[Date Prev][Date Next][Thread Prev][Thread Next][Date Index][Thread Index]

[ale] Java Applet Load Testing



2008/2/19 Daniel Kahn Gillmor <dkg at fifthhorseman.net>:
> >> Now we want to truly simulate the real environment complete with a
> >> few thousand simulated client machines sending in a very low volume
> >> of transactions.
> >>
> >> I'm thinking of utilizing a large VMware like server, etc. with
> >> hundreds or thousands of nearly identical virtual machines.  The
> >> disk image could be common, and most of RAM shared, but each one
> >> would need to have its own IP, but the rest of the RAM / disk could
> >> be shared.
>
> Why use Virtualization at all?  If you're in your own lab, set up your
> client test system with one copy of the applet, and attach a thousand
> IP addresses to the single NIC.  For example, if you're using a local
> network with IP addresses in the 10.13.x.x/16 range on eth0, do (this
> uses /bin/ip from the iproute package):
>
>  for byteA in $(seq 1 10); do
>   for byteB in $(seq 100 200); do
>    ip addr add 10.13.$byteA.$byteB/16 dev eth0
>   done
>  done
>
> Then launch a thousand applet clients, each bound to a different
> outbound IP address (your applet will need to allow you to populate
> whatever is the java equivalent to sockaddr_in.sin_addr during the
> java equivalent/wrapper to the socket() syscall).
>
> If your hardware can handle running a thousand clients concurrently,
> there's no reason to ask it to handle the additional overhead of a
> thousand VMs at the same time, right?
>
Good idea.  Had not thought about that.  I've done IP aliasing, but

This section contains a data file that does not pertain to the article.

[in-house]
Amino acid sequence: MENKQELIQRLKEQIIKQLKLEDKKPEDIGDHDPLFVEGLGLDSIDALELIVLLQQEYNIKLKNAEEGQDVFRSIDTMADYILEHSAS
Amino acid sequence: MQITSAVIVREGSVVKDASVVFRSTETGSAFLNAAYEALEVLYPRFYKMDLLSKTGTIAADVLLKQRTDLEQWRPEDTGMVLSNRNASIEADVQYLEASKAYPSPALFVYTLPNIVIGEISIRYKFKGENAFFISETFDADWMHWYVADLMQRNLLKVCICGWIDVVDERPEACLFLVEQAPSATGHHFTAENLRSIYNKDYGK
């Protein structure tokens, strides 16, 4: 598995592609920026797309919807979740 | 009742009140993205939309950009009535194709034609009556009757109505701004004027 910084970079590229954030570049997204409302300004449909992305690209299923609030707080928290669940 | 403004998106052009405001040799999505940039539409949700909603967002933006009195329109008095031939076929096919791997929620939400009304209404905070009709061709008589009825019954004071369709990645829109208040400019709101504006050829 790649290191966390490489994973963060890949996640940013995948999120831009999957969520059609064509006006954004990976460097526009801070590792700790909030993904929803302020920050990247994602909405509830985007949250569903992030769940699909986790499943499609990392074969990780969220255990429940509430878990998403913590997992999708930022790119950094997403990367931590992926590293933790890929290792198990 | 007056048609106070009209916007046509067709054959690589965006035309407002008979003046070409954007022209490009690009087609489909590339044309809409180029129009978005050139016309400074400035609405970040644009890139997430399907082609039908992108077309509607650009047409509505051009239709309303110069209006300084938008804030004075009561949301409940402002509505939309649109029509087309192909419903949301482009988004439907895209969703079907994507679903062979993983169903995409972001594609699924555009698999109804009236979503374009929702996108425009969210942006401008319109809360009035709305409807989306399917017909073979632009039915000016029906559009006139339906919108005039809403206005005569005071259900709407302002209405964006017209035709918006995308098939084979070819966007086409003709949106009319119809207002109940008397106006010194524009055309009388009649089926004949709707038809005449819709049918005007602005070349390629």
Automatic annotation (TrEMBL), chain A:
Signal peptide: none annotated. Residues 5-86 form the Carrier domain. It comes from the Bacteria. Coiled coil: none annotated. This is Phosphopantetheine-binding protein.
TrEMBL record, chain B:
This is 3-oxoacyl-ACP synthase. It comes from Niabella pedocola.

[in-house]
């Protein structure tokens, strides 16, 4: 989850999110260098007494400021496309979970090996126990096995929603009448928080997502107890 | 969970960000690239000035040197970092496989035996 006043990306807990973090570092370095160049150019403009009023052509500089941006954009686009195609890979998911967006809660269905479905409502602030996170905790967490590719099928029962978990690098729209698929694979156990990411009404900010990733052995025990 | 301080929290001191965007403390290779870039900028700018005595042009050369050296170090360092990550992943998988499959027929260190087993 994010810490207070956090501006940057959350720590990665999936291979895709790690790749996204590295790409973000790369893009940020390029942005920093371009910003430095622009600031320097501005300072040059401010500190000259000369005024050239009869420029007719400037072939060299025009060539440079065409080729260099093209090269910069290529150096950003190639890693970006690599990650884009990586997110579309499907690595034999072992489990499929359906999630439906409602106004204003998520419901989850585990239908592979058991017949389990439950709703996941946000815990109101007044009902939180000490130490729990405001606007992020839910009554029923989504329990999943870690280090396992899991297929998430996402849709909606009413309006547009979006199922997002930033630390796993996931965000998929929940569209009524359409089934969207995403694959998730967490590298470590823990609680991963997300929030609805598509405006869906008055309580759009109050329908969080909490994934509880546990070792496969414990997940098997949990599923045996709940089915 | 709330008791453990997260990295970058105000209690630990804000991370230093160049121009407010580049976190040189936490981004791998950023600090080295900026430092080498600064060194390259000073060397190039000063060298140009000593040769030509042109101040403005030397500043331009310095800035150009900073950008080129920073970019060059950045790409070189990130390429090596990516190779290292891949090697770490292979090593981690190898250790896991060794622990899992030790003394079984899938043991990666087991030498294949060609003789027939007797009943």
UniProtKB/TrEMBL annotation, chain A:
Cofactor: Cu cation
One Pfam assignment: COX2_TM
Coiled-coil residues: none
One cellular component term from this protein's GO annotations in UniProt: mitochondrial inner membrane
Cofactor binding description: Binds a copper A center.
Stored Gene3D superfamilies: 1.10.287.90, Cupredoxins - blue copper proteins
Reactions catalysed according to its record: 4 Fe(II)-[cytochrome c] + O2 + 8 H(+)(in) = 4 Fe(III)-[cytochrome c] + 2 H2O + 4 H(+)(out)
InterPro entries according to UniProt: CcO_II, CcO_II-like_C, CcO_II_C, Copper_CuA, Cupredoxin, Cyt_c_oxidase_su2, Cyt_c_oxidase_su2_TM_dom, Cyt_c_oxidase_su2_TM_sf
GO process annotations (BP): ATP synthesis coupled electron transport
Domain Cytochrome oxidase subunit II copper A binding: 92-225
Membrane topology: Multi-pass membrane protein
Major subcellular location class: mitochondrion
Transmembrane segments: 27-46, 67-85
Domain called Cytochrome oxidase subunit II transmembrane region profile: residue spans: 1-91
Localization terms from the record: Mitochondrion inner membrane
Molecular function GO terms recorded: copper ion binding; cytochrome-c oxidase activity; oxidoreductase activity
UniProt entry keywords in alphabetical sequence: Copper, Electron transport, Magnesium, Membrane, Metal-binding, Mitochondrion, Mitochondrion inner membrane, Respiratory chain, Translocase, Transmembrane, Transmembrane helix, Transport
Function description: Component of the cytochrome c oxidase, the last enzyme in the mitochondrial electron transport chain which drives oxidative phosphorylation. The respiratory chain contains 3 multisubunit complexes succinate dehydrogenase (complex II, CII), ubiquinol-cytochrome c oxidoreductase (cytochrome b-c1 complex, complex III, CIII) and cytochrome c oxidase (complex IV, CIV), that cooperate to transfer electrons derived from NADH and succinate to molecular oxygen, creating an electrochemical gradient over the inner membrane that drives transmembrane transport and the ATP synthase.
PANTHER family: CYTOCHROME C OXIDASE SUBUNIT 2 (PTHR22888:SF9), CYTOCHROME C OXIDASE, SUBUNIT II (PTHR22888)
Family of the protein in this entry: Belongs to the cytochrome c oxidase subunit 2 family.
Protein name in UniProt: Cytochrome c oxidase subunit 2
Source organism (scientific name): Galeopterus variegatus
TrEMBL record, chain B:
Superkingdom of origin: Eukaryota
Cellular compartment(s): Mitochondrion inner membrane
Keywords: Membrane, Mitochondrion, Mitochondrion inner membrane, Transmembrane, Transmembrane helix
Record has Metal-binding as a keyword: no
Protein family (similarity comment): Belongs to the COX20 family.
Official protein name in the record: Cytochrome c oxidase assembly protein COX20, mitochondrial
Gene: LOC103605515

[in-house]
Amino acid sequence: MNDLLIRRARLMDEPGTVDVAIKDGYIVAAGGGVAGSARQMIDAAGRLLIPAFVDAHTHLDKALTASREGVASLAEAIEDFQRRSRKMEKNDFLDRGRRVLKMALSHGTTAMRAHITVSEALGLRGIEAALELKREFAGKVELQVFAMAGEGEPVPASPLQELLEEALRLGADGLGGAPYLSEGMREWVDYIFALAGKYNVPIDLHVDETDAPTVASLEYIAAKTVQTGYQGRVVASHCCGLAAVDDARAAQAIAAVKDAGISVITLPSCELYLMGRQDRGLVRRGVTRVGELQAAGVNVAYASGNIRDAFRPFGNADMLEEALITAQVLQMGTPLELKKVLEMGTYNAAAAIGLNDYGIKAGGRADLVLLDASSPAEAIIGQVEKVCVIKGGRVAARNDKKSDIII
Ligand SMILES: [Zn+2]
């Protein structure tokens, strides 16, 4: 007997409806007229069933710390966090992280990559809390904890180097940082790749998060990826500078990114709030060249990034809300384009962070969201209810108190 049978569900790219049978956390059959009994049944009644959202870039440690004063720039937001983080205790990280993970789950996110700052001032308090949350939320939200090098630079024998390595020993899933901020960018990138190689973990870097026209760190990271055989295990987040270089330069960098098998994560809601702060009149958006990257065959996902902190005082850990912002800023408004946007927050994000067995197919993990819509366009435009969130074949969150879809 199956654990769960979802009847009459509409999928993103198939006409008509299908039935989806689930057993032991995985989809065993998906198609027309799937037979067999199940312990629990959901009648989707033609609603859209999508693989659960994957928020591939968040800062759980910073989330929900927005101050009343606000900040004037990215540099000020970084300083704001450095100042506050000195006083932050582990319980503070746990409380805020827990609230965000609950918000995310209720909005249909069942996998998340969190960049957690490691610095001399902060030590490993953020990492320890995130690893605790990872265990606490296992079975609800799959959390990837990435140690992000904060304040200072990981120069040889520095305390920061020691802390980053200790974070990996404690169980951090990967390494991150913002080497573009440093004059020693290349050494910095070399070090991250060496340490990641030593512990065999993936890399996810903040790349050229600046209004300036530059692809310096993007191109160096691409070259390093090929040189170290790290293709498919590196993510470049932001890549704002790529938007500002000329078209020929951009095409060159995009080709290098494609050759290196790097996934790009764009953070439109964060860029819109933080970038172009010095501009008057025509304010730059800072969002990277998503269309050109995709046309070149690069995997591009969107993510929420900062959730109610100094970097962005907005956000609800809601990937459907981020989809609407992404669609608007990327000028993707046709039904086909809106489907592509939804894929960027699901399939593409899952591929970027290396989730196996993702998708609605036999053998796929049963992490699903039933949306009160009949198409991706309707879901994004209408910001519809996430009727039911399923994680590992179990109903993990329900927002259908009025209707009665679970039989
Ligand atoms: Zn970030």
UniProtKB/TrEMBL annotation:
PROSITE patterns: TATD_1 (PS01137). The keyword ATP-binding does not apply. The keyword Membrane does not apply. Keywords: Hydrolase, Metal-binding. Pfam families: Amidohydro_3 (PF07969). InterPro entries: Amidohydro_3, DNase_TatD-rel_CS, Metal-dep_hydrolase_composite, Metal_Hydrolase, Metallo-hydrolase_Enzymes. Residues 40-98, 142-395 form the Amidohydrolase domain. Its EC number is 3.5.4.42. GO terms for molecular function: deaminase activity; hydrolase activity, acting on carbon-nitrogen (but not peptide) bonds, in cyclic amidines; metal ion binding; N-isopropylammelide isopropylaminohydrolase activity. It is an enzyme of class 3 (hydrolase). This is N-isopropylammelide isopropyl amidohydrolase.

never with a large volume of IPs is there a limit to the number?
10,000 would definately handle everything I can envision.

Early stages of conceptualization as you can see.

>          --dkg
>
> PS Without knowing the specifics of your particular scenario, limiting
>    to one client connection per IP address is probably going to cause
>    trouble for your clients in the near future (if it hasn't already),
>    given the widespread use of NATs and proxies, both of which lump
>    multiple agents (and therefore multiple humans) behind a single IP
>    address.

Now that you mention it, we may have already migrated to a
registration / SN process where each client is given a unit number and
that number is used to ensure no multiple logins.  Will need to look
into that.

Thanks for the sanity check.

Greg
-- 
Greg Freemyer
Litigation Triage Solutions Specialist
http://www.linkedin.com/in/gregfreemyer
First 99 Days Litigation White Paper -
http://www.norcrossgroup.com/forms/whitepapers/99%20Days%20whitepaper.pdf

The Norcross Group
The Intersection of Evidence & Technology
http://www.norcrossgroup.com